Arthritis and Stroke Awareness
May is both National Arthritis and National Stroke Awareness Month. While the two may not seem to be related, they do share some similarities: anyone can be affected, the occurrence of both conditions increases with age, and the actions you can take to help one condition can help or prevent the other.
With more than 100 types and related conditions, arthritis is the leading cause of disability in the U.S. Interestingly, geography may be a factor as those in rural areas are somewhat more prone to arthritis than urban dwellers. The most common symptoms of arthritis include: joint swelling, joint pain, stiffness, and diminished range of motion.
While the symptoms above are primarily associated with osteoarthritis, other forms of arthritis include gout (a type often associated with diet and shows up as severe joint pain), autoimmune (marked by inflammation and can affect the heart, lungs, kidneys, eyes, and skin), and arthritis caused by bacteria entering a cut or sore. Arthritis is considered severe when chronic pain makes it difficult to perform routine activities such as walking, dressing, cooking, and climbing stairs. While the visible symptoms of arthritis include knobby finger joints, arthritis can be invisible and detected only through X-ray or MRI.
A treatment that might be right for one person may not be effective for another, though walking is proven to improve arthritis pain, fatigue, function, and quality of life. The Physical Activity Guidelines for Americans recommends all adults (including those with arthritis) get two and a half hours of moderate-intensity aerobic exercise per week, which can include brisk walking.
Exercise and physical activity are where arthritis treatment and stroke prevention cross paths. Maintaining a healthy weight, quitting smoking, eating healthy, getting enough sleep, limiting stress, and regular exercise can all help control inflammation, protect joints, and contribute to your overall health which in turn can help prevent strokes.
Strokes happen when oxygen-rich arteries supplying the brain are constricted or obstructed, as by a blood clot. It may come as a surprise, but 80% of strokes are preventable. There are certain risk factors you can control to decrease your chances of a stroke. Risk factors under your control include:
- Blood Pressure – High blood pressure, or hypertension, is a leading cause of stroke and the most significant controllable risk factor.
- Smoking – If you smoke, quit. The nicotine and carbon monoxide in cigarette smoke damages the cardiovascular system and paves the way for a stroke. It’s also important to note that the use of birth control pills combined with cigarette smoke can greatly increase the risk of stroke.
- Diabetes – If you have diabetes, control your blood sugar. While diabetes is treatable, the presence of the disease still increases your risk of stroke.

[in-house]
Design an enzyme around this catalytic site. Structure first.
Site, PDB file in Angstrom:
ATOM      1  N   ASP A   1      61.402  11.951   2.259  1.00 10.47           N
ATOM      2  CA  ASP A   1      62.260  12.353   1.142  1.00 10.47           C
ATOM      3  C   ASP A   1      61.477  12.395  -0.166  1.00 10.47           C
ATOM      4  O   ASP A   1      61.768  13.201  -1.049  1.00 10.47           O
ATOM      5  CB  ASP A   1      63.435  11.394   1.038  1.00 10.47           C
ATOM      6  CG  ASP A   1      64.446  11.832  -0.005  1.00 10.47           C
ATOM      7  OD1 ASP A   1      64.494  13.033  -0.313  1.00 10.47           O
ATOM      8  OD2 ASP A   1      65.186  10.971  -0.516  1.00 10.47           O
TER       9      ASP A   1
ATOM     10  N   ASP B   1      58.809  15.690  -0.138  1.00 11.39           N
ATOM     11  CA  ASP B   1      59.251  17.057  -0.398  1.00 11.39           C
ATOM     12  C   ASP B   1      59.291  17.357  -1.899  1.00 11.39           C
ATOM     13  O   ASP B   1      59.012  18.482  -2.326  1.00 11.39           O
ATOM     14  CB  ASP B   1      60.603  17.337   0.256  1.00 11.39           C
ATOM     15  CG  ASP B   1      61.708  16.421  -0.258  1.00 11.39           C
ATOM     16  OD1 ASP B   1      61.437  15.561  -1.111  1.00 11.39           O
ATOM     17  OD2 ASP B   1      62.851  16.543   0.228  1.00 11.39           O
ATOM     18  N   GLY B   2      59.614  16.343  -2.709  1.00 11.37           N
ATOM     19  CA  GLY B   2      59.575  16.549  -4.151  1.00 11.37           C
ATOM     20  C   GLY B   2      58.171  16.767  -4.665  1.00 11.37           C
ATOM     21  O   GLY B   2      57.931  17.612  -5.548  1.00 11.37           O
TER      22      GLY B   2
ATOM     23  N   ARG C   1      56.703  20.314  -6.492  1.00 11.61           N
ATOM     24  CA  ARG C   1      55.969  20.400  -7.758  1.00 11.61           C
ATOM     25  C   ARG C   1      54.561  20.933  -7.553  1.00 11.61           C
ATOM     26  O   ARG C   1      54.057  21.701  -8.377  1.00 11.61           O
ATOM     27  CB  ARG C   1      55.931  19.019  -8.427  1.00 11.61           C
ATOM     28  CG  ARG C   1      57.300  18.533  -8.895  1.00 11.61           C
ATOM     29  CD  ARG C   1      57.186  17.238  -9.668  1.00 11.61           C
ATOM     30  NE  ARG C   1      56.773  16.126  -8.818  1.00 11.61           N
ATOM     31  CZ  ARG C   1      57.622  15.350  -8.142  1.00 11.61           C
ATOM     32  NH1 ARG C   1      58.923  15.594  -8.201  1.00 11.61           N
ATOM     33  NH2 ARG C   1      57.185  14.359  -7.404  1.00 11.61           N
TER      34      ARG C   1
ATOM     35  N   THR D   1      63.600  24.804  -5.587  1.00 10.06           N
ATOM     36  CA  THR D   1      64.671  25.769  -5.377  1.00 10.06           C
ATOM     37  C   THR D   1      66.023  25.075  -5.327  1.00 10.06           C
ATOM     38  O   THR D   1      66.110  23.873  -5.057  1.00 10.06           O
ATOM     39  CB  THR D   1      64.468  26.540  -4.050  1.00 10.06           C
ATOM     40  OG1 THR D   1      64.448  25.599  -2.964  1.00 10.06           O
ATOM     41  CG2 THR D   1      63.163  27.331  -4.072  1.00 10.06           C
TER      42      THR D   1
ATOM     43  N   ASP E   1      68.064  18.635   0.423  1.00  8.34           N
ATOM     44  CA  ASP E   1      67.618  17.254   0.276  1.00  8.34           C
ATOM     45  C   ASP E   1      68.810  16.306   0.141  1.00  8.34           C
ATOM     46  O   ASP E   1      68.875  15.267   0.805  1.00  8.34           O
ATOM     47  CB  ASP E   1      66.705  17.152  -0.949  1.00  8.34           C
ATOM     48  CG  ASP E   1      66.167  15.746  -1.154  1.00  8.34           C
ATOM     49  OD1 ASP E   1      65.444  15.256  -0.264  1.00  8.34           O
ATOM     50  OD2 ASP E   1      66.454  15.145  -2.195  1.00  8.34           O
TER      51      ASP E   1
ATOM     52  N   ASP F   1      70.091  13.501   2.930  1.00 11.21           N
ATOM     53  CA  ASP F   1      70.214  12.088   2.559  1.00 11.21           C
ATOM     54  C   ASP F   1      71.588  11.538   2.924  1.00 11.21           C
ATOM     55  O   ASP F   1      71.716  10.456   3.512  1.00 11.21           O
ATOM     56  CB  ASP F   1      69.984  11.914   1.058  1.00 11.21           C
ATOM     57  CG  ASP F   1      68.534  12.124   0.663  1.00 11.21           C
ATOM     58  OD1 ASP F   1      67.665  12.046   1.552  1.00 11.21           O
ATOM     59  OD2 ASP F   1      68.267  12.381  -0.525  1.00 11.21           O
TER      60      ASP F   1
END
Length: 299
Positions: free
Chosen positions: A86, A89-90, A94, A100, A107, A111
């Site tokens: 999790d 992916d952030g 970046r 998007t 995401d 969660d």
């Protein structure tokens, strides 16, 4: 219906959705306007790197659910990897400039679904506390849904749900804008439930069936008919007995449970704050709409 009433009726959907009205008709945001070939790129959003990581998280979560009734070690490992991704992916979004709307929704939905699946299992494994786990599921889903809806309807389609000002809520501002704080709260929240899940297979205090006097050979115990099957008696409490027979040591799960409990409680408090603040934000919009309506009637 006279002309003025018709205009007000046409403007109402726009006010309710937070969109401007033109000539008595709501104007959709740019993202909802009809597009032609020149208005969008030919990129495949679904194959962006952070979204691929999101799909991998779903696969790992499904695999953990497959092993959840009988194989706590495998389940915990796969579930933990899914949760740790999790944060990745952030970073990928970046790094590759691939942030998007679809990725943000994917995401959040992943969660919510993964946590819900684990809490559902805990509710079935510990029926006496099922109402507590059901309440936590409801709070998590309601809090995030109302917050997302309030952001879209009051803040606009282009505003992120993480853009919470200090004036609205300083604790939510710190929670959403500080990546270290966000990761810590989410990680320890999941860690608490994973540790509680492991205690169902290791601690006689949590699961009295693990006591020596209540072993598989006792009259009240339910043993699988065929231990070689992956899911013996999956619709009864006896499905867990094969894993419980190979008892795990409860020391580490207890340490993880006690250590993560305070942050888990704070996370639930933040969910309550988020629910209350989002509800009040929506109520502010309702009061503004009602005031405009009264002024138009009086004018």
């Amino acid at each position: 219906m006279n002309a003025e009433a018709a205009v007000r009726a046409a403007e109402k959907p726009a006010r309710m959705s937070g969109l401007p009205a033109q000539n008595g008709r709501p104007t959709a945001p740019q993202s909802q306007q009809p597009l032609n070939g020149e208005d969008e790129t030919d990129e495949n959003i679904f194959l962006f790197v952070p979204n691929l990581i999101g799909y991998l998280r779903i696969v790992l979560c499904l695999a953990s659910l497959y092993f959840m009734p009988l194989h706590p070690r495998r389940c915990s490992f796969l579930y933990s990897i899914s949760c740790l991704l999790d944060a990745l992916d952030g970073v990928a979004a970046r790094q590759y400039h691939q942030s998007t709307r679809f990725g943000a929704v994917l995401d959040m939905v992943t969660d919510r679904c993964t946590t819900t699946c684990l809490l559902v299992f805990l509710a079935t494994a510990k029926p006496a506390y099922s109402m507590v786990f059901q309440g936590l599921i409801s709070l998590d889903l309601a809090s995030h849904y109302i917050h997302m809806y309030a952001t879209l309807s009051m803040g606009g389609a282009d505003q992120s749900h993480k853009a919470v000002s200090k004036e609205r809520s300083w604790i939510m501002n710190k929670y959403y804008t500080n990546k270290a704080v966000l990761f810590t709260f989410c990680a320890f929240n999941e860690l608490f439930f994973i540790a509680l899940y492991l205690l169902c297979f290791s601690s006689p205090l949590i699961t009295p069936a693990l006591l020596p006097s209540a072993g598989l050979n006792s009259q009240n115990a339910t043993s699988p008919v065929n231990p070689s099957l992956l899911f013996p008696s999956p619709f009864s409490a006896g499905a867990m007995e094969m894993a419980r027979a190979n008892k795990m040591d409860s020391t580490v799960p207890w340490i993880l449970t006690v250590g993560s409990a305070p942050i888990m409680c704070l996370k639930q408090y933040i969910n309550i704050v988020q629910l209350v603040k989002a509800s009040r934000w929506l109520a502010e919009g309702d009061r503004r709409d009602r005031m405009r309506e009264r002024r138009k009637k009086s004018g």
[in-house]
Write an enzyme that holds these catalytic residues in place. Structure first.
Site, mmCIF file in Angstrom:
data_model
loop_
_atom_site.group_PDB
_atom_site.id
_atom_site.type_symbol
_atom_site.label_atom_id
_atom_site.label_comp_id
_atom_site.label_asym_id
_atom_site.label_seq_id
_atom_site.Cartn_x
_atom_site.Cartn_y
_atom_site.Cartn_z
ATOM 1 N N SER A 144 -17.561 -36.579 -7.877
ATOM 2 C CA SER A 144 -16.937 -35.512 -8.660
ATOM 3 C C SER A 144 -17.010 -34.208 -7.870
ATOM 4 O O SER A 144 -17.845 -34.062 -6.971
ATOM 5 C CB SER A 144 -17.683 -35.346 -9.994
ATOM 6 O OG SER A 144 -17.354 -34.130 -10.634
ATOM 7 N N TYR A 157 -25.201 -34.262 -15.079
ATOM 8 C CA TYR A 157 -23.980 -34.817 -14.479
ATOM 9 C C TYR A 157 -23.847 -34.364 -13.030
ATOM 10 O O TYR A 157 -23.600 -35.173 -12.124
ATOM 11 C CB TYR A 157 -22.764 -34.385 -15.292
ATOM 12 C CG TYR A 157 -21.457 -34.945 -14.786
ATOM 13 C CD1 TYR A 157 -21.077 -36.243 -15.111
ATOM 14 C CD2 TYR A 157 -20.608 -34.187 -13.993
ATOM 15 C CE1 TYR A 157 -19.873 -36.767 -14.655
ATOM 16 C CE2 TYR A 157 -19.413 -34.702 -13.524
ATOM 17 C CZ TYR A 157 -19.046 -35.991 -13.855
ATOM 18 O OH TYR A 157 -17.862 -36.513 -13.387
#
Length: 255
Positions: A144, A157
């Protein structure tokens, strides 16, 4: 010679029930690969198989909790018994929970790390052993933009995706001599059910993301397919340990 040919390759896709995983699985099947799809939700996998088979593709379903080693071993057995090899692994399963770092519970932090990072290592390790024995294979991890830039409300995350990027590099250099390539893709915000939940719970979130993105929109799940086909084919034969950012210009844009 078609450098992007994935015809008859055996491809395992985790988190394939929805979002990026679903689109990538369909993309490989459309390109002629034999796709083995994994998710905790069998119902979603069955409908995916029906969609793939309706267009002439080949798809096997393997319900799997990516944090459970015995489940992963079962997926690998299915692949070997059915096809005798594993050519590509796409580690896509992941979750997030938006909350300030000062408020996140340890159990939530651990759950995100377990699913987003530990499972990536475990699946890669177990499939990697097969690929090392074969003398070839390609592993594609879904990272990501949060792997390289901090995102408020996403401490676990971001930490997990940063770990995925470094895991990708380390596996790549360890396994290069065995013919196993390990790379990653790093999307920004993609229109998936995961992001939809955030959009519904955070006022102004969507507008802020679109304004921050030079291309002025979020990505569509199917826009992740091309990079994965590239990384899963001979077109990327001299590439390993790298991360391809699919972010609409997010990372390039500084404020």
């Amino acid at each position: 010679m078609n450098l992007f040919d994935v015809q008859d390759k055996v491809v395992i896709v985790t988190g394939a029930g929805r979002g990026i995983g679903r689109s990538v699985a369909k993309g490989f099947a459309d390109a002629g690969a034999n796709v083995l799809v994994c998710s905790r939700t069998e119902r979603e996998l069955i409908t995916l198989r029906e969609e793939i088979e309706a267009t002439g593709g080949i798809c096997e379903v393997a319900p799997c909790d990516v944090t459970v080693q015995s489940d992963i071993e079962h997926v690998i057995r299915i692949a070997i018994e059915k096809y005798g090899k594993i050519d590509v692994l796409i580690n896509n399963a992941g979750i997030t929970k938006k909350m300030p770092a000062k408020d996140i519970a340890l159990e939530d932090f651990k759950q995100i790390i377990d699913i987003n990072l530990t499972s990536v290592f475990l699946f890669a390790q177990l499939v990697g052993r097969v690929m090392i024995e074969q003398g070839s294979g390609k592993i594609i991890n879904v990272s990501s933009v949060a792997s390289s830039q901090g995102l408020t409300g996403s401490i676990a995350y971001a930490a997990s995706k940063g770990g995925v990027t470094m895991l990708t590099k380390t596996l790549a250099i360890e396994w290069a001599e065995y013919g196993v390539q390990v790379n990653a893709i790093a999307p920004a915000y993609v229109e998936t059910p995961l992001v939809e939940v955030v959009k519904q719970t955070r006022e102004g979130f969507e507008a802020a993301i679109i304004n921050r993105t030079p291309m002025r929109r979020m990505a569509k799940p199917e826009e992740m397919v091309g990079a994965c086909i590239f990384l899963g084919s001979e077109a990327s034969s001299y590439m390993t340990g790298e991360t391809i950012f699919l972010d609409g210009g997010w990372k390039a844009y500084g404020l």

- Diet – Diets high in saturated fat, trans fat, and cholesterol can raise blood cholesterol levels. Those high in sodium and those high in calories can increase blood pressure and lead to obesity, respectively. High blood cholesterol levels, high blood pressure, and obesity all increase your risk of stroke. A diet containing five or more servings of fruits and vegetables per day may reduce the risk of stroke. The American Heart Association outlines healthy diet and lifestyle recommendations to reduce the risk of stroke and cardiovascular diseases.
- Physical Activity – As previously mentioned, it’s recommended that adults get at least two and a half hours of physical activity per week. If that number seems too daunting, start by simply focusing on moving more and sitting less.
It’s important to note that several types of heart disease are risk factors for strokes. People with coronary heart disease, angina, heart failure, or those who have had a heart attack due to atherosclerosis (hardening of the arteries) have more than twice the risk of stroke.
A stroke is a medical emergency. The sooner you seek treatment, the better. Call 911 immediately if you experience any of the following symptoms:
- Sudden numbness or weakness of the face, arm, or leg, especially on one side of the body
- Sudden drooping of the mouth while trying to smile
- Sudden change of vision: blurred, blackened, or double-vision in one or both eyes
- Sudden severe or persistent headache
- Sudden loss of balance or coordination
- Sudden trouble with speaking or understanding speech
For help managing arthritis or for questions regarding your possible risk for stroke, call Freestone Medical Center at (903) 389-2181 to schedule an appointment with one of our practitioners.